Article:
In their attempt to forge alternative models of publicity, today’s critical publications echo—sometimes quite deliberately—the DIY ethos and innovative formats of little magazines and artists’ magazines of the 1960s and 1970s in the West, such as October, Avalanche, The Fox, FILE, Heresies, Lip and Black Phoenix, which functioned as alternatives to the mainstream art world and press.(See my Artists’ Magazines: An Alternative Space for Art (Cambridge: MIT Press, 2011).) Such publications served as vital sites of critical publicity and counterpublicity within the Western art worlds of their time by supporting experimental art forms outside the commercial gallery system, promoting artists’ moral and legal rights, and fostering queer, feminist and postcolonialist art practices. Like these predecessors, the publications I discuss here tend to embrace their noncommercial status, whether it is by choice or necessity, and to develop innovative, participatory formats and frameworks that stress self-determination andagency. Against the predictability and accelerated pace of mainstream media they are more likely to be sporadically published and precariously funded—a circumstance that may heighten their contingency and connection to a specific time and place, even as it precludes longevity (indeed some are no longer extant.) Yet, while they may revisit past publishing strategies, a number of critical art magazines today are also transforming them and inventing new models of publishing.
This essay is by no means a comprehensive survey, more like a selective, and maybe even somewhat arbitrary, sampling of critical art periodicals globally. I also want to acknowledge that I have learned about many of these publications vis-à-vis their reception within Western institutions, including the 2007 Documenta Magazines project, and the 2014 Critical Machines conference at American University Beirut (and more specifically from the documentation and publicity surrounding these events since I did not attend either in person).(See the edited transcripts of the Critical Machines conference in ArtMargins, 5:3 (2016).) However, this irony goes to the heart of the politics surrounding distribution, visibility, access, and audience that so many of these publications grapple with as they mediate between local or marginalized art worlds and a larger global arena—politics that this essay reflects upon but also necessarily participates in. While I want to highlight the progressive potential of periodicals as sites of self-representation, community, and critical dialogue for local and global publics, I also want to recognize the uneven power relationships that govern the exchange and distribution of information in today’s art world.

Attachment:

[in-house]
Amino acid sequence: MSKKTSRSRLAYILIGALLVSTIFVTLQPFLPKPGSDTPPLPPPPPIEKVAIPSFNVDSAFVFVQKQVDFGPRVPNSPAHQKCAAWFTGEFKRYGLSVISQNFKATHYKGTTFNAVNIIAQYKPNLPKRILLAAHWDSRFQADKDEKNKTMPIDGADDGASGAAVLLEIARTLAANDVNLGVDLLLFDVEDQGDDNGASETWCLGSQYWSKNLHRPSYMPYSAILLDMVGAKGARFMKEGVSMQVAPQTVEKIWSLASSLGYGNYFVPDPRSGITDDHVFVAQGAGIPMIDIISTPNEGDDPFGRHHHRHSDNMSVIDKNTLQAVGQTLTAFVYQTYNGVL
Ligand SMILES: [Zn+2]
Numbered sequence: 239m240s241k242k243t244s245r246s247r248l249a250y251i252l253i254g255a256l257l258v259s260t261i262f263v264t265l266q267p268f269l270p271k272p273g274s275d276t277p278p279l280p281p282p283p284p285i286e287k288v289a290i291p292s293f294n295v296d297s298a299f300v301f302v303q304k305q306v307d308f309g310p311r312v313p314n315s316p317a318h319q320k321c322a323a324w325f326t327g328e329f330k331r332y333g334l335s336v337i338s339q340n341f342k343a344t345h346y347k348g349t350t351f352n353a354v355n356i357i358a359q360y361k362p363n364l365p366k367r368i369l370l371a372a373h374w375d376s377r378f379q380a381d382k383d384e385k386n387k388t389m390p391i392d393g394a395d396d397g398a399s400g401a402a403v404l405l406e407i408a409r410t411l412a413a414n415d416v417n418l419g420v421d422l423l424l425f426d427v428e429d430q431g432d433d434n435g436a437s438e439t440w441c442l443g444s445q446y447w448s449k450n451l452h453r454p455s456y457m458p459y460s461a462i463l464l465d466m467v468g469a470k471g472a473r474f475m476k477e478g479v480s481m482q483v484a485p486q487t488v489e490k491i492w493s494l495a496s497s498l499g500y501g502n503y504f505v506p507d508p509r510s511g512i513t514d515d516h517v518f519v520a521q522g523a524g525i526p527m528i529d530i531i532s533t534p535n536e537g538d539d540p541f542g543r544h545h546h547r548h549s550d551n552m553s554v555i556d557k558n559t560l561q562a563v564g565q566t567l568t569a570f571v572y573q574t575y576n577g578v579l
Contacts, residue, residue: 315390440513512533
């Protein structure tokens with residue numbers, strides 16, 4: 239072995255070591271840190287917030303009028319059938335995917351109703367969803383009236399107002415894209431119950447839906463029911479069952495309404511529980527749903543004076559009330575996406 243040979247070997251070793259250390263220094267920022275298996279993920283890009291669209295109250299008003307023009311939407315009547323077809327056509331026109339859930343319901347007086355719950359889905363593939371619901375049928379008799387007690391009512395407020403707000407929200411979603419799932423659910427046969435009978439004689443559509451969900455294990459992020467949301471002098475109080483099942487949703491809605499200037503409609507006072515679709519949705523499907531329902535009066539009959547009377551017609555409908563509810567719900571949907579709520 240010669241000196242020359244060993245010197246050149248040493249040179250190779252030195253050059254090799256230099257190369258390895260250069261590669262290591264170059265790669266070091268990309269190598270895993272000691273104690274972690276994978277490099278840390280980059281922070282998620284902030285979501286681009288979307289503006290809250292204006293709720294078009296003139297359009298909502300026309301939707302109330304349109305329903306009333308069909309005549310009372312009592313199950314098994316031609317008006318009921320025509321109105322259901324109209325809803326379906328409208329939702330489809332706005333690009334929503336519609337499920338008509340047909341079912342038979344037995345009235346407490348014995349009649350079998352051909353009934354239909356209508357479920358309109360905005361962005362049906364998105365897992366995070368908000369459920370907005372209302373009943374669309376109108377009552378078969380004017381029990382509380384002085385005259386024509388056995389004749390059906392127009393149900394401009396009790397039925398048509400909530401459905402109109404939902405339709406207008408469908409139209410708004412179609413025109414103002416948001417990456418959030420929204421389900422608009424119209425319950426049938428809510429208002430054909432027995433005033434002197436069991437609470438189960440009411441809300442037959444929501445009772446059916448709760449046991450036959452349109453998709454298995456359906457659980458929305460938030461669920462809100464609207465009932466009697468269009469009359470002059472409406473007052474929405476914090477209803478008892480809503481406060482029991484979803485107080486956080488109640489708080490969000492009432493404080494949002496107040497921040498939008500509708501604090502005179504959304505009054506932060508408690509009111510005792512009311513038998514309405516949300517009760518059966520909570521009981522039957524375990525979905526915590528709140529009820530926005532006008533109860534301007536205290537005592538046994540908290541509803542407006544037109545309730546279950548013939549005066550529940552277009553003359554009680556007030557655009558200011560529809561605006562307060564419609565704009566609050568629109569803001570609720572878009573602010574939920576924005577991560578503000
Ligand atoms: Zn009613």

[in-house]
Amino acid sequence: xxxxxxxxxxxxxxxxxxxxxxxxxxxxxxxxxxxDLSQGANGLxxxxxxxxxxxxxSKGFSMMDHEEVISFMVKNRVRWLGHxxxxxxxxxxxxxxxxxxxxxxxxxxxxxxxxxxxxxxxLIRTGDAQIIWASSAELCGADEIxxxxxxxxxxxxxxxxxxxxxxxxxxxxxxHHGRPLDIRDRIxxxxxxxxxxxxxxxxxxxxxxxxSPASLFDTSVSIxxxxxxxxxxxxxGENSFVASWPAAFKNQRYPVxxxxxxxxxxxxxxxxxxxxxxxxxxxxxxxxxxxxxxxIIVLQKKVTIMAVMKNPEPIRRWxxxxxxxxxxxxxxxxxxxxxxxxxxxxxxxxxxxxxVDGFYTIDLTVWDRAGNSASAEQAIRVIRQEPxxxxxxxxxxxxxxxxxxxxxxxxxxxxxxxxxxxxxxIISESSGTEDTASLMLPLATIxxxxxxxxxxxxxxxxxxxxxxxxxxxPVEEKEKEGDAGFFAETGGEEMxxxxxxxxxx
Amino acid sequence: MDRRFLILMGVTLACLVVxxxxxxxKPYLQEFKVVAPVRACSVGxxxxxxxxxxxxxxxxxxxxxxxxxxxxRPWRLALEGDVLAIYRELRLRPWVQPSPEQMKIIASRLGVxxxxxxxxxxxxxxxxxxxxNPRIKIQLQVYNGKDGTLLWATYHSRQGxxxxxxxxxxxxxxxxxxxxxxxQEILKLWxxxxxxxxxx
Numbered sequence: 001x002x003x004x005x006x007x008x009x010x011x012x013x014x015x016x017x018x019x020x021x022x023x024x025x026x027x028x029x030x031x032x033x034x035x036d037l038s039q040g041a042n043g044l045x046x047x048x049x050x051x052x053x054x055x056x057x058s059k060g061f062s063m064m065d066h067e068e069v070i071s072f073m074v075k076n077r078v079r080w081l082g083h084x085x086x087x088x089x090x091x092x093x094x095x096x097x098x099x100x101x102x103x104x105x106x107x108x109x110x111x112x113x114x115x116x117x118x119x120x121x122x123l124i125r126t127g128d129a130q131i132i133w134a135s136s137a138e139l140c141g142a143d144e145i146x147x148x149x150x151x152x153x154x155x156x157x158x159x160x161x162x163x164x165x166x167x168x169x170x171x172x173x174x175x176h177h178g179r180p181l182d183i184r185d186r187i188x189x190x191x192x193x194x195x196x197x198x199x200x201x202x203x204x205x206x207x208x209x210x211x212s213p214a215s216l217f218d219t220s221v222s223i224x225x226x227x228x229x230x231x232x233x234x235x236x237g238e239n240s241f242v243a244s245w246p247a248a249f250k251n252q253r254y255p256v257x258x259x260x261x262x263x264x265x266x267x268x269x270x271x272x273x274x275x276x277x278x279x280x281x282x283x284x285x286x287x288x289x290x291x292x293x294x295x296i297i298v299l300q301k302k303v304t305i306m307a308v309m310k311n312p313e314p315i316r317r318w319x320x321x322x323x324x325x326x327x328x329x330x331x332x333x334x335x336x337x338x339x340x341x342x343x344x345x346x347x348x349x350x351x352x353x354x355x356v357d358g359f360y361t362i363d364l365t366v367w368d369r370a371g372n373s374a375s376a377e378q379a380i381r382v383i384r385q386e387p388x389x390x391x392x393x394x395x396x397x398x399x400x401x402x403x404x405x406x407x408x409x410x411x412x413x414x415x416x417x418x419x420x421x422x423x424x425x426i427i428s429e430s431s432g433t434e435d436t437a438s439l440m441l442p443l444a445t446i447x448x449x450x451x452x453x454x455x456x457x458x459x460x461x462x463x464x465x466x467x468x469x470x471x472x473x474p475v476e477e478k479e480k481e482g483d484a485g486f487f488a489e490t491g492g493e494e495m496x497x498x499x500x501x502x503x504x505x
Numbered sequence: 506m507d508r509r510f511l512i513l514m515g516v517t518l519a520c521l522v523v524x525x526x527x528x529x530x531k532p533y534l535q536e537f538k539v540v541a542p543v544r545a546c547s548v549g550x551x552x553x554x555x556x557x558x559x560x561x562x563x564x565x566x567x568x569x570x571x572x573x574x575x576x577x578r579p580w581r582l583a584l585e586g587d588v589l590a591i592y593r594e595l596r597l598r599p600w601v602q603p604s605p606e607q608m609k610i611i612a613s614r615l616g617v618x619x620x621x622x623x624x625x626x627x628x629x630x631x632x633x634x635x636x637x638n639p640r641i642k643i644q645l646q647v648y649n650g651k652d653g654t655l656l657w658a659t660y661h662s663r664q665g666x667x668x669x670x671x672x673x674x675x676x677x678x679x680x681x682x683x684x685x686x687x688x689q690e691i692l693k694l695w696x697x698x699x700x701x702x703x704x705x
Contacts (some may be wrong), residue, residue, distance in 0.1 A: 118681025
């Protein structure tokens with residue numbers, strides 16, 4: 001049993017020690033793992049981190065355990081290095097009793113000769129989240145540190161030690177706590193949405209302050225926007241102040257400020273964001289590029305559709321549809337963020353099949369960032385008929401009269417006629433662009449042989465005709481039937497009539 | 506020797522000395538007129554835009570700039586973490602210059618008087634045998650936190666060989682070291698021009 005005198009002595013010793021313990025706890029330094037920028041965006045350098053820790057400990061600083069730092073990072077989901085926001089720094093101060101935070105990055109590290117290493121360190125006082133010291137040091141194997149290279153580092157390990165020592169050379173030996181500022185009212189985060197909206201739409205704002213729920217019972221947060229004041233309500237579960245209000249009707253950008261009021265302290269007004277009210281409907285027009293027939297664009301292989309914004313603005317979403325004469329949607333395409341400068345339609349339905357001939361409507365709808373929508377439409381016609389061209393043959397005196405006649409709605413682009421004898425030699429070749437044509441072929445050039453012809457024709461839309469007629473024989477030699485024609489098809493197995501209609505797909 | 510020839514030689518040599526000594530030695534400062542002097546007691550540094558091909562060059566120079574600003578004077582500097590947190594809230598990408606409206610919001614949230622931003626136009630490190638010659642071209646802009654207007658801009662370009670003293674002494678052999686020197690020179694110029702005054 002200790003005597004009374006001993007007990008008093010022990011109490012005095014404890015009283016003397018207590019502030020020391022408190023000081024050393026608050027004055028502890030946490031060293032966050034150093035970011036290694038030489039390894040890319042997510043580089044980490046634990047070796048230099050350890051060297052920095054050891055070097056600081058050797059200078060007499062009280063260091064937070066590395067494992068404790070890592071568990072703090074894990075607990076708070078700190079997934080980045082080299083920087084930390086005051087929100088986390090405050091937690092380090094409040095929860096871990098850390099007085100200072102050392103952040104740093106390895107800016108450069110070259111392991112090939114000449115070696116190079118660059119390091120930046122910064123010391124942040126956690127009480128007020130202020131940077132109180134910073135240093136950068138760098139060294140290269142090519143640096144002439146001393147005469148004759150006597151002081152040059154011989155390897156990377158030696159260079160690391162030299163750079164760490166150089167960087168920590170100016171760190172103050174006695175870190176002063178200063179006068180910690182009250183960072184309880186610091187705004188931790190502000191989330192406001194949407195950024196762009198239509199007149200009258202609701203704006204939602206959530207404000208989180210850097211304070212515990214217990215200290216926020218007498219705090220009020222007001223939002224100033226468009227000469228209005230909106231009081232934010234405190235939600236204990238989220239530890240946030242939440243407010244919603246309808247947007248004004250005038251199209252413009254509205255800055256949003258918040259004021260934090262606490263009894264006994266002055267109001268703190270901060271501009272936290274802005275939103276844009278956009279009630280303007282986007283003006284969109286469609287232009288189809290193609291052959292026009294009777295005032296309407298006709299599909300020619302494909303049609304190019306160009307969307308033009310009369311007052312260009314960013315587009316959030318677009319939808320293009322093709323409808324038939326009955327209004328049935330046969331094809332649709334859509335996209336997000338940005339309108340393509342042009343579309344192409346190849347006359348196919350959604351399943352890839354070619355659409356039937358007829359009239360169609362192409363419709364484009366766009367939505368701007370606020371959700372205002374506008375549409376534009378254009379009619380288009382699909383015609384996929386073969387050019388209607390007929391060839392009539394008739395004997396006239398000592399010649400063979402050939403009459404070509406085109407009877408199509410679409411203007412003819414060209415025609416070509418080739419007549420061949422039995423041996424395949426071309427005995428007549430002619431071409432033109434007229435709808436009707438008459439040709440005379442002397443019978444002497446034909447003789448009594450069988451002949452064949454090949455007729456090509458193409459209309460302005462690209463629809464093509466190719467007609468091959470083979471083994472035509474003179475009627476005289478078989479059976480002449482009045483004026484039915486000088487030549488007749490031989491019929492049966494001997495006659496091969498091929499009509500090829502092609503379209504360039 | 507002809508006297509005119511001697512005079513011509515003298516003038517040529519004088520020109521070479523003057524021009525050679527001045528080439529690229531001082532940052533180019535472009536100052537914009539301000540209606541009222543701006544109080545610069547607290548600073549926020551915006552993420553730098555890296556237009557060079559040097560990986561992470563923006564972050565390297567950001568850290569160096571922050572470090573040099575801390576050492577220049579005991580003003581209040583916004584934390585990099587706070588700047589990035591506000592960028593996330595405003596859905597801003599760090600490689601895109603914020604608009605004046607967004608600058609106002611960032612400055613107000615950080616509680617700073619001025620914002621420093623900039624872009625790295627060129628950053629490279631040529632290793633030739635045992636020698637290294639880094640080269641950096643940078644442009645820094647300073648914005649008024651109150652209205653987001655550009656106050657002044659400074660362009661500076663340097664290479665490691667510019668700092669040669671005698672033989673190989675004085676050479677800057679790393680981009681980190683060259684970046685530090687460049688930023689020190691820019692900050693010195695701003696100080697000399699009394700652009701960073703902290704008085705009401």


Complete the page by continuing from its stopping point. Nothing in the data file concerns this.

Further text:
Such disparities were foregrounded by the 2007 Documenta 12 Magazines project, which sought to showcase the critical potential of art magazines globally by inviting over 90 periodicals from over 50 countries to generate essays, features, and artists’ projects that considered the exhibition’s themes from local perspectives. The participating magazines were then exhibited at the exhibition proper and via an online archive, selections from which were anthologized in three issues of a printed publication entitled Documenta Magazine. As Georg Schöllhammer, who organized the project, explained, “Our intention was to work in truly decentralized fashion and thus to enable forms different from the canonized ones for the interpretation of the history of contemporary art.”(Georg Schöllhammer, interview by Elena Zanichelli, Documenta 12 website, accessed August 9, 2015, http://www.documenta12.de/index.php?id=1389&L=1.) Accordingly, Artforum, October, and Frieze were omitted in favor of lesser-known or geographically marginalized publications that might counter the exhibition’s homogenizing tendencies and provide a “kaleidoscopic view of specific moments, configurations, and positions.”(Georg Schöllhammer, editorial, Documenta Magazines nos. 1–3, 2007 Reader (Cologne: Taschen, 2007), n.p.)